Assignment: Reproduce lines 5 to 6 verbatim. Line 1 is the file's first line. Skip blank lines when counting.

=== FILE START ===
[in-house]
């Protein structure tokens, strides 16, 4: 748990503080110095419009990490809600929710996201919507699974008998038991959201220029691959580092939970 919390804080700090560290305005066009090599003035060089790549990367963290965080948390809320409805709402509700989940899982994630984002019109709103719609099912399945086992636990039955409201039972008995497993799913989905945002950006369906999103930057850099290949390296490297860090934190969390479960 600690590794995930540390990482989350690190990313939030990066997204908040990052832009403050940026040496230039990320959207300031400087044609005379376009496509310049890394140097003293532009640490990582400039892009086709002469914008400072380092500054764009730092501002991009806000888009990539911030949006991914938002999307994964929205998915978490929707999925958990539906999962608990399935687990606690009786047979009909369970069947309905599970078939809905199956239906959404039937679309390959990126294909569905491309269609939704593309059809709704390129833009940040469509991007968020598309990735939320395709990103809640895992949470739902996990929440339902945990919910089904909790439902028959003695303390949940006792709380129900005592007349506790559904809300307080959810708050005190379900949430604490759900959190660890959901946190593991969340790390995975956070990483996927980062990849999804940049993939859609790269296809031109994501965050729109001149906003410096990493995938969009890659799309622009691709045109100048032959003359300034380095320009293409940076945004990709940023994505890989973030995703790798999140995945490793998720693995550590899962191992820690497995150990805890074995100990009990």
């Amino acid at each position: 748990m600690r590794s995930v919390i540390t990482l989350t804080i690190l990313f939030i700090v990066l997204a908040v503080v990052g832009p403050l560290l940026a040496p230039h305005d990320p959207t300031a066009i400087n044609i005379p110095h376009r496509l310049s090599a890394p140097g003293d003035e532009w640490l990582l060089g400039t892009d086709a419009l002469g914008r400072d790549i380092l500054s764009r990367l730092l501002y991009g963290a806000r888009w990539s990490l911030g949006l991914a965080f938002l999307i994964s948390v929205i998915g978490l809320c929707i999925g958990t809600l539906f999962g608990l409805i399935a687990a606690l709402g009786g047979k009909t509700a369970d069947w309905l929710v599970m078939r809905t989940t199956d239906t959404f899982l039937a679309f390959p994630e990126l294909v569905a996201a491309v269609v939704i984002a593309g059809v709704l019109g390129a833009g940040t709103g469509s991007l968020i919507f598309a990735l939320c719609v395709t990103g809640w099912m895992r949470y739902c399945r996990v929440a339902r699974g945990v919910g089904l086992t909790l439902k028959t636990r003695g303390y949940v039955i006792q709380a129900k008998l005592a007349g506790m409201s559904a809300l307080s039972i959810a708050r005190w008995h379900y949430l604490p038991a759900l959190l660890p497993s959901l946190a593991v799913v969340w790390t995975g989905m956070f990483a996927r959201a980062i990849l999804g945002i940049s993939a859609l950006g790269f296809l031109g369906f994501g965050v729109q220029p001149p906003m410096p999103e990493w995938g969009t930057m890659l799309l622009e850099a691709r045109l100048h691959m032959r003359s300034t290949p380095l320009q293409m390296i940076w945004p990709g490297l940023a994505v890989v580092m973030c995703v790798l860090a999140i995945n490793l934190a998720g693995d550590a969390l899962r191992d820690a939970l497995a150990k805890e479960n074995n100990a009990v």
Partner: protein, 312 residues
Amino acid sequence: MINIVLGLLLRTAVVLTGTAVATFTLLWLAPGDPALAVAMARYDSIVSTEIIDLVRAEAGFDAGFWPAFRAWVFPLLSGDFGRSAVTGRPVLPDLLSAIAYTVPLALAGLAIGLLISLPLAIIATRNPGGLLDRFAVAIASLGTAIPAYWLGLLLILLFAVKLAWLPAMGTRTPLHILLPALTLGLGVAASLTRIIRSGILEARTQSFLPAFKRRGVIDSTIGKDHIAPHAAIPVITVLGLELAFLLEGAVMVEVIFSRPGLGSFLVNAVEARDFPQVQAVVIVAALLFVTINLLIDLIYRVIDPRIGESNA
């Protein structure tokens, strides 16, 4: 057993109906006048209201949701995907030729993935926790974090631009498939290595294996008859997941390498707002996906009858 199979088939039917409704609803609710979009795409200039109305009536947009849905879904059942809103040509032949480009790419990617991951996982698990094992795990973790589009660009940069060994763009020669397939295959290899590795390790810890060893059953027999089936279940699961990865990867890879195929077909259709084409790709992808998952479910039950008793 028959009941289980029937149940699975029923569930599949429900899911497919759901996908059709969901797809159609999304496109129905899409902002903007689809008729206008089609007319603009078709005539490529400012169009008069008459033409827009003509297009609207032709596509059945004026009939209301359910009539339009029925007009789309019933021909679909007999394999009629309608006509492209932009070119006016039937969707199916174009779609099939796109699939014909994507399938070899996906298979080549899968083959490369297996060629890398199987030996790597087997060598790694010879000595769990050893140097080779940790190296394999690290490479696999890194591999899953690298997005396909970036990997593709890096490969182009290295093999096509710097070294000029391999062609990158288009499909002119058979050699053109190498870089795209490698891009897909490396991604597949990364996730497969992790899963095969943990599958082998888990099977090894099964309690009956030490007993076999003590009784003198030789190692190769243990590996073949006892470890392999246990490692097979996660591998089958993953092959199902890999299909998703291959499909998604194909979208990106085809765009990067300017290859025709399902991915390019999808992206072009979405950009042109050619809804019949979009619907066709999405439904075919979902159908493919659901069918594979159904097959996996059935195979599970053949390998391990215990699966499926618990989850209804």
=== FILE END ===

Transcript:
Amino acid sequence: MINIVLGLLLRTAVVLTGTAVATFTLLWLAPGDPALAVAMARYDSIVSTEIIDLVRAEAGFDAGFWPAFRAWVFPLLSGDFGRSAVTGRPVLPDLLSAIAYTVPLALAGLAIGLLISLPLAIIATRNPGGLLDRFAVAIASLGTAIPAYWLGLLLILLFAVKLAWLPAMGTRTPLHILLPALTLGLGVAASLTRIIRSGILEARTQSFLPAFKRRGVIDSTIGKDHIAPHAAIPVITVLGLELAFLLEGAVMVEVIFSRPGLGSFLVNAVEARDFPQVQAVVIVAALLFVTINLLIDLIYRVIDPRIGESNA
């Protein structure tokens, strides 16, 4: 057993109906006048209201949701995907030729993935926790974090631009498939290595294996008859997941390498707002996906009858 199979088939039917409704609803609710979009795409200039109305009536947009849905879904059942809103040509032949480009790419990617991951996982698990094992795990973790589009660009940069060994763009020669397939295959290899590795390790810890060893059953027999089936279940699961990865990867890879195929077909259709084409790709992808998952479910039950008793 028959009941289980029937149940699975029923569930599949429900899911497919759901996908059709969901797809159609999304496109129905899409902002903007689809008729206008089609007319603009078709005539490529400012169009008069008459033409827009003509297009609207032709596509059945004026009939209301359910009539339009029925007009789309019933021909679909007999394999009629309608006509492209932009070119006016039937969707199916174009779609099939796109699939014909994507399938070899996906298979080549899968083959490369297996060629890398199987030996790597087997060598790694010879000595769990050893140097080779940790190296394999690290490479696999890194591999899953690298997005396909970036990997593709890096490969182009290295093999096509710097070294000029391999062609990158288009499909002119058979050699053109190498870089795209490698891009897909490396991604597949990364996730497969992790899963095969943990599958082998888990099977090894099964309690009956030490007993076999003590009784003198030789190692190769243990590996073949006892470890392999246990490692097979996660591998089958993953092959199902890999299909998703291959499909998604194909979208990106085809765009990067300017290859025709399902991915390019999808992206072009979405950009042109050619809804019949979009619907066709999405439904075919979902159908493919659901069918594979159904097959996996059935195979599970053949390998391990215990699966499926618990989850209804």